Degenerative arthritis, or osteoarthritis, is one of the most common, and most painful diseases of the knee. In the elderly, or even young people who have been very active or suffered an injury, the knee joint can cause excruciating pain as the bone grinds against bone. Sprains, tears and pulls are regular offenders in the knee joint. When the damage is long term, as in the case of osteoarthritis, orthopaedic doctors will often try injections to relieve the pain before resorting to surgery. This article gives you some information on the different types of knee injections.
Cortisone is the most common injection for knee pain. Cortisone reduces inflammation, which is the main cause of pain in the knee joint. The relief can last from a few weeks, to several months. In most cases, the effects are felt within 24 hours. However, in some cases this injection does not provide any relief. Another type of injection is hyaluronic acid. This is a newer treatment and has had good success. Hyaluronic acid is a bio-lubricant. The injection is like "oiling" the joint. It can work from a few months up to a year.
The function of injections to the knee are all essentially the same: to relieve pain and allow the joint to work properly, or at least to work without causing so much discomfort. Whether it is by reducing inflammation with corticosteroids, or by providing better motion by using bio-lubricants, injections in the knee joint serve to reduce pain and increase usability.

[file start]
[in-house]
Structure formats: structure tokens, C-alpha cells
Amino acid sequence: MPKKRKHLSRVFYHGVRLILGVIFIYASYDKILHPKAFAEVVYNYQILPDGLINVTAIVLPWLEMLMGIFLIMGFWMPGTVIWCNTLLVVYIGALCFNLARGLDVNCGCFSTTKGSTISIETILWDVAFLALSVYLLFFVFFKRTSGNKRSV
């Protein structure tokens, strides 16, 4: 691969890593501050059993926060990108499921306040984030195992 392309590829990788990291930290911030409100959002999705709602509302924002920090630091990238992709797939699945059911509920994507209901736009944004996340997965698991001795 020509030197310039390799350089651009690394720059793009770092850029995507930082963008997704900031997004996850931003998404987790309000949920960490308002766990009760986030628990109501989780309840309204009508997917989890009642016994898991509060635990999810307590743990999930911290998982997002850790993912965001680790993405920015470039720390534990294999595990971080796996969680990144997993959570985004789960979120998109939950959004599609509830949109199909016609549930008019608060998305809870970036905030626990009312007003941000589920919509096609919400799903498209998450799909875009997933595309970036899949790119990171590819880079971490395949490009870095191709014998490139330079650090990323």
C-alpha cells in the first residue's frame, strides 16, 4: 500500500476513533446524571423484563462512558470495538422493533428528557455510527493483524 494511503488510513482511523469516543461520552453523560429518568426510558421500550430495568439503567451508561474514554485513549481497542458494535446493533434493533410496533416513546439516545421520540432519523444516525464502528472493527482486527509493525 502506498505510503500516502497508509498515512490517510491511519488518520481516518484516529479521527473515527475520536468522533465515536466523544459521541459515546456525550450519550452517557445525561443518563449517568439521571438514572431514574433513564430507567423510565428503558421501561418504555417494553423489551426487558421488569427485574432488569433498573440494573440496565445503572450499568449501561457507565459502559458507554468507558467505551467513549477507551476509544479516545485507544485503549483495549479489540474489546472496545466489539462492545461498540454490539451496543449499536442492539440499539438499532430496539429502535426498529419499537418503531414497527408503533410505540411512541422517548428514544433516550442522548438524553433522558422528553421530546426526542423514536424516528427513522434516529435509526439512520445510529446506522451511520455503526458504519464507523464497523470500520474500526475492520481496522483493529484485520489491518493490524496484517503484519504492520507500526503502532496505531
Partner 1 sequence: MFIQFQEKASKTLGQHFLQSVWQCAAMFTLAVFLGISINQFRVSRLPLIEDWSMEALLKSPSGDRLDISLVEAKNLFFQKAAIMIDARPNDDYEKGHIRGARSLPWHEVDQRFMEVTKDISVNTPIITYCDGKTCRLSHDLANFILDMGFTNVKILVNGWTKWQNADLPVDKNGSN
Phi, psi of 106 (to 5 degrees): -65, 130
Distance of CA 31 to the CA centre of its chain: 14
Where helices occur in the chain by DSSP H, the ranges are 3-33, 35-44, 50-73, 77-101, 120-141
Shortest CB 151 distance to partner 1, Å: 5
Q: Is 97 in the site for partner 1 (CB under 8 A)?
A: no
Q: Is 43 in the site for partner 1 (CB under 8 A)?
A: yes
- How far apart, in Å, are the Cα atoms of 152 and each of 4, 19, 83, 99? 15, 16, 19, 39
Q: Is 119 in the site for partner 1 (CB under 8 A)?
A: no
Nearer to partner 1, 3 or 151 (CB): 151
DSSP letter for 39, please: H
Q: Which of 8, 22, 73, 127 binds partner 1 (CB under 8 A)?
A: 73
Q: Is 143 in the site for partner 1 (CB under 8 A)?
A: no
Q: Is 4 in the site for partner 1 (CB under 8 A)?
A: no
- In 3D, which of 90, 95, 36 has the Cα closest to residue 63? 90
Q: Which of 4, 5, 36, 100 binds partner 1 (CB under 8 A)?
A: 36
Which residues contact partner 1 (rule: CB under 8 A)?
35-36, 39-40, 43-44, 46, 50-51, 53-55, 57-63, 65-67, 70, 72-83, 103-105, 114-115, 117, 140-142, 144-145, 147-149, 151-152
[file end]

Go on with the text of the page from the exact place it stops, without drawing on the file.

Steroid injections, such as cortisone, reduce swelling and ease pain in the joint. The knee cam flex more normally. Activity which would have caused pain or been impossible before the injection can be resumed. An injection of a bio-lubricant can increase flexibility and reduce pain caused by osteoarthritis. The bones are lubricated so there is less grating on each other. One of the major benefits of injections in the knee are that they can decrease or eliminate the need for surgery.
A common misconception is that knee injections are a cure for the underlying problem. At best, injections are a temporary fix for the symptoms of the disease or the injury. Even though the injections may help with pain, swelling and mobility, the effects will wear off.
There are some booklets and websites that give people instructions on how to inject themselves with these medications. Such actions can be hazardous. Hyaluronic acid can be bought for animals, and people will sometimes use it on themselves after self-diagnosing. The dangers of injecting steroids or other medications into a joint are huge. The result could be an infection that can cause bone death and the eventual destruction of the joint. It is not worth the risk. Get a proper diagnosis and rely on a medical professional to administer injections to the knee.
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